If the police don’t arrest you but want to ask you questions, they don’t need to read your Miranda Rights. Sometimes the police approach people on the street and ask them to voluntarily answer questions so that they don’t need to read the Miranda warnings.
What Happens if You Aren’t Given Your Miranda Rights?
Many people mistakenly believe that your criminal case will be dismissed if the police don’t read your Miranda Rights. This is a myth. If you are subject to custodial interrogation and the police didn’t read your Miranda Rights, what happens depends on what you say.
If you don’t say anything, then usually nothing happens – except maybe a slap on the wrist for the police officer. That’s because even though the police didn’t read your rights, you still invoked your right to remain silent (albeit unknowingly).
If you made incriminating statements to the police after being questioned in custody, then nothing you say can be used against you in court, per the exclusionary rule. However, these statements can still come back to haunt you as there are a few exceptions to the exclusionary rule.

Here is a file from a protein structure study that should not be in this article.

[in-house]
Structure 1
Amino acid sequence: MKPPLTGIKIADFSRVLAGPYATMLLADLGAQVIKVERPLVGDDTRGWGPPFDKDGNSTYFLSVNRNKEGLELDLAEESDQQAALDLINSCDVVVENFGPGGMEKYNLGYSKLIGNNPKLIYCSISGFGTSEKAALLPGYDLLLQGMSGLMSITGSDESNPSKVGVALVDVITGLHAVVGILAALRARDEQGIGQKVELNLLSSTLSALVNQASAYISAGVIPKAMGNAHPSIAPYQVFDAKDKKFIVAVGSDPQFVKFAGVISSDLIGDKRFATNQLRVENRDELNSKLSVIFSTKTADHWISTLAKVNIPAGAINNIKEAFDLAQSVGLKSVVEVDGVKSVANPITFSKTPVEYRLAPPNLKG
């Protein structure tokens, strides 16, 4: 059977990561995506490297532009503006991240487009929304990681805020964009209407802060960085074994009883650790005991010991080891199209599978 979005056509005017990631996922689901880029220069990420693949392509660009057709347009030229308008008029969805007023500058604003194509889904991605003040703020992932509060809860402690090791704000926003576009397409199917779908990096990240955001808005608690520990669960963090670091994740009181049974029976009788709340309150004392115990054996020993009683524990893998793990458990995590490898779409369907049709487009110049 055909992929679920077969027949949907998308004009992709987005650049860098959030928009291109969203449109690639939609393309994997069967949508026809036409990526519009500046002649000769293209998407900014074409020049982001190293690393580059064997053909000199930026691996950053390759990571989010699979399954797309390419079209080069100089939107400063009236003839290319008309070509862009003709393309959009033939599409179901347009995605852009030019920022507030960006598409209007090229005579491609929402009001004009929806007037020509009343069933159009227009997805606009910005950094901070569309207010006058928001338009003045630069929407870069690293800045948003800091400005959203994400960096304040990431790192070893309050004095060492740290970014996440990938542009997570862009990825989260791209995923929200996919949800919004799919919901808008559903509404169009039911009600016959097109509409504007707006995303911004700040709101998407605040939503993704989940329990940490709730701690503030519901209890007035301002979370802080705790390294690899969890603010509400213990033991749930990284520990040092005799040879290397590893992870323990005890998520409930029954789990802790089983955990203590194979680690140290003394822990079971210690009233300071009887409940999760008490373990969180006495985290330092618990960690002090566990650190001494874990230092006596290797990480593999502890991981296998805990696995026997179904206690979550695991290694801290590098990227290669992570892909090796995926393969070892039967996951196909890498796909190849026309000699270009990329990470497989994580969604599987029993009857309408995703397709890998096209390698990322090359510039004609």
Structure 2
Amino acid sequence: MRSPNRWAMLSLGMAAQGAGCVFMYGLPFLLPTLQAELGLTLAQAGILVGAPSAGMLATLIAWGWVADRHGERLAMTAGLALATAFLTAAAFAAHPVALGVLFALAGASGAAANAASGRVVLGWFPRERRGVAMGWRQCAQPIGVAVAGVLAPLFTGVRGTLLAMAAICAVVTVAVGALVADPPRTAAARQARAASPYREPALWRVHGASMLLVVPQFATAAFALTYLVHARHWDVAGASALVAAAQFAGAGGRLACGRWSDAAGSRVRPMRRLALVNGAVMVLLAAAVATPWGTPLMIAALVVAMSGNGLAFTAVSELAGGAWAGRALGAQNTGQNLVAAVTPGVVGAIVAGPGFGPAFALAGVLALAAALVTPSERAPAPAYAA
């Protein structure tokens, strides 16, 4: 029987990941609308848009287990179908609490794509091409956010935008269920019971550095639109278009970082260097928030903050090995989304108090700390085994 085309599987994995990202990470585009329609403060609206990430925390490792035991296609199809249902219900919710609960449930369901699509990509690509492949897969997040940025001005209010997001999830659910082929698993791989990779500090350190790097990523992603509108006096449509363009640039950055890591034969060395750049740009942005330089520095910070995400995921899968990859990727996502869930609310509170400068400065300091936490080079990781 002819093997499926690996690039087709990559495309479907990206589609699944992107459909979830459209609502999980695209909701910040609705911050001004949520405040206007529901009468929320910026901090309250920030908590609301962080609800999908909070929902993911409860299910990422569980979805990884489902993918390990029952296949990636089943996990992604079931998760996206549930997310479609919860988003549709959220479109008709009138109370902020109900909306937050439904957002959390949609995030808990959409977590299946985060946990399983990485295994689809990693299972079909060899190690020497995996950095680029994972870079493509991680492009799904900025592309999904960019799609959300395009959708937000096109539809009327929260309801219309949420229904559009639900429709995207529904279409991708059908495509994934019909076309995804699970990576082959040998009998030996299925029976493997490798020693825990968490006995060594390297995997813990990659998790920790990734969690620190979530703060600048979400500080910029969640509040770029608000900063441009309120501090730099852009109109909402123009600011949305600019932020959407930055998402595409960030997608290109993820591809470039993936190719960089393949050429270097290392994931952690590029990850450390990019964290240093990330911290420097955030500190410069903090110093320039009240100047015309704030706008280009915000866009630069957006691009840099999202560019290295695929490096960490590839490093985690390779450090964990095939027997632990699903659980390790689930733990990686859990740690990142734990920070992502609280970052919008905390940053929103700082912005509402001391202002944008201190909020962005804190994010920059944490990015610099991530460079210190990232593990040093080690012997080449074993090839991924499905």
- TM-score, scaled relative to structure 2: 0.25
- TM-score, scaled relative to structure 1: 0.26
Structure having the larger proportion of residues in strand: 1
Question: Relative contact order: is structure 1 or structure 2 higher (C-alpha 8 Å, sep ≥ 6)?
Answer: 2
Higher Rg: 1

Exceptions to the Exclusionary Rule
Even if the police don’t read your Miranda Rights, there are still some exceptions to the exclusionary rule.
- Tangible Evidence/Witness Discovery: if the police discover evidence of a crime as a result of your statements (like drugs or stolen goods), the evidence can still be used against you in court — if the prosecutor can show that they would have found the evidence regardless of your statements. If your statements lead the police to uncover a witness to the crime, that witness can still testify against you.
- Impeachment: if you testify to something at trial that contradicts what you said to the police, they can use your un-Mirandized statements to impeach your credibility.
- Public Safety: if the police have reason to believe that there is an immediate public safety concern because of a weapon, they can ask a suspect limited questions to mitigate the concern without issuing Miranda. For example, the police can ask a suspect where they ditched the loaded gun if they think someone in the public might find it and get hurt. The prosecution can then use the gun and statements against the defendant in court even though they didn’t issue Miranda warnings.